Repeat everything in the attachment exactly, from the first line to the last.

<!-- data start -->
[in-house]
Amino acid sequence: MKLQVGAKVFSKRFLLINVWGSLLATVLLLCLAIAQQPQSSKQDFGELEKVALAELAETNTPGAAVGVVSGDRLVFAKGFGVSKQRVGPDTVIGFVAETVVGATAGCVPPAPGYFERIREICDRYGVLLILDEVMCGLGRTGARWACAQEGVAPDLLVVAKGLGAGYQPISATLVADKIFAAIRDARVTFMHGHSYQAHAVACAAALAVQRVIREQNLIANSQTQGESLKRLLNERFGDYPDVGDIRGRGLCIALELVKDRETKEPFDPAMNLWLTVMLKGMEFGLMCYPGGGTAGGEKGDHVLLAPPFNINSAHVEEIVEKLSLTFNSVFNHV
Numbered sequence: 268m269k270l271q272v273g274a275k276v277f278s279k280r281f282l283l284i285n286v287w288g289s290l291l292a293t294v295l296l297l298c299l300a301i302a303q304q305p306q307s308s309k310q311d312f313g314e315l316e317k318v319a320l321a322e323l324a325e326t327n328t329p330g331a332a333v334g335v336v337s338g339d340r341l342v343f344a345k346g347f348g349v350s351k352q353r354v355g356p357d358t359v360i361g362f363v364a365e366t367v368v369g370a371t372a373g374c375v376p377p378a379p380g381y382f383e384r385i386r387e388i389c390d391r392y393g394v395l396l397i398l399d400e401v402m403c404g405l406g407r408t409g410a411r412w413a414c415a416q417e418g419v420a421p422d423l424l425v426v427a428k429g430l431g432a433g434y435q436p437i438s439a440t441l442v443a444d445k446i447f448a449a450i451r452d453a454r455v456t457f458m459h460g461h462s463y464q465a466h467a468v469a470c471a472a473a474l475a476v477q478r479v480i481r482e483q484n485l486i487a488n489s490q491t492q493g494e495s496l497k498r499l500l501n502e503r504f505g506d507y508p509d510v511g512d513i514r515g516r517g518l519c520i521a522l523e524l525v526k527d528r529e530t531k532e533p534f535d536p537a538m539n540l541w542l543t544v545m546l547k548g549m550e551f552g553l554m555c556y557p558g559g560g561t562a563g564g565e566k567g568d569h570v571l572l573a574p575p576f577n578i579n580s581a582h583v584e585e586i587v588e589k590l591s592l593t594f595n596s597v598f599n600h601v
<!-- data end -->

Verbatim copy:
[in-house]
Amino acid sequence: MKLQVGAKVFSKRFLLINVWGSLLATVLLLCLAIAQQPQSSKQDFGELEKVALAELAETNTPGAAVGVVSGDRLVFAKGFGVSKQRVGPDTVIGFVAETVVGATAGCVPPAPGYFERIREICDRYGVLLILDEVMCGLGRTGARWACAQEGVAPDLLVVAKGLGAGYQPISATLVADKIFAAIRDARVTFMHGHSYQAHAVACAAALAVQRVIREQNLIANSQTQGESLKRLLNERFGDYPDVGDIRGRGLCIALELVKDRETKEPFDPAMNLWLTVMLKGMEFGLMCYPGGGTAGGEKGDHVLLAPPFNINSAHVEEIVEKLSLTFNSVFNHV
Numbered sequence: 268m269k270l271q272v273g274a275k276v277f278s279k280r281f282l283l284i285n286v287w288g289s290l291l292a293t294v295l296l297l298c299l300a301i302a303q304q305p306q307s308s309k310q311d312f313g314e315l316e317k318v319a320l321a322e323l324a325e326t327n328t329p330g331a332a333v334g335v336v337s338g339d340r341l342v343f344a345k346g347f348g349v350s351k352q353r354v355g356p357d358t359v360i361g362f363v364a365e366t367v368v369g370a371t372a373g374c375v376p377p378a379p380g381y382f383e384r385i386r387e388i389c390d391r392y393g394v395l396l397i398l399d400e401v402m403c404g405l406g407r408t409g410a411r412w413a414c415a416q417e418g419v420a421p422d423l424l425v426v427a428k429g430l431g432a433g434y435q436p437i438s439a440t441l442v443a444d445k446i447f448a449a450i451r452d453a454r455v456t457f458m459h460g461h462s463y464q465a466h467a468v469a470c471a472a473a474l475a476v477q478r479v480i481r482e483q484n485l486i487a488n489s490q491t492q493g494e495s496l497k498r499l500l501n502e503r504f505g506d507y508p509d510v511g512d513i514r515g516r517g518l519c520i521a522l523e524l525v526k527d528r529e530t531k532e533p534f535d536p537a538m539n540l541w542l543t544v545m546l547k548g549m550e551f552g553l554m555c556y557p558g559g560g561t562a563g564g565e566k567g568d569h570v571l572l573a574p575p576f577n578i579n580s581a582h583v584e585e586i587v588e589k590l591s592l593t594f595n596s597v598f599n600h601v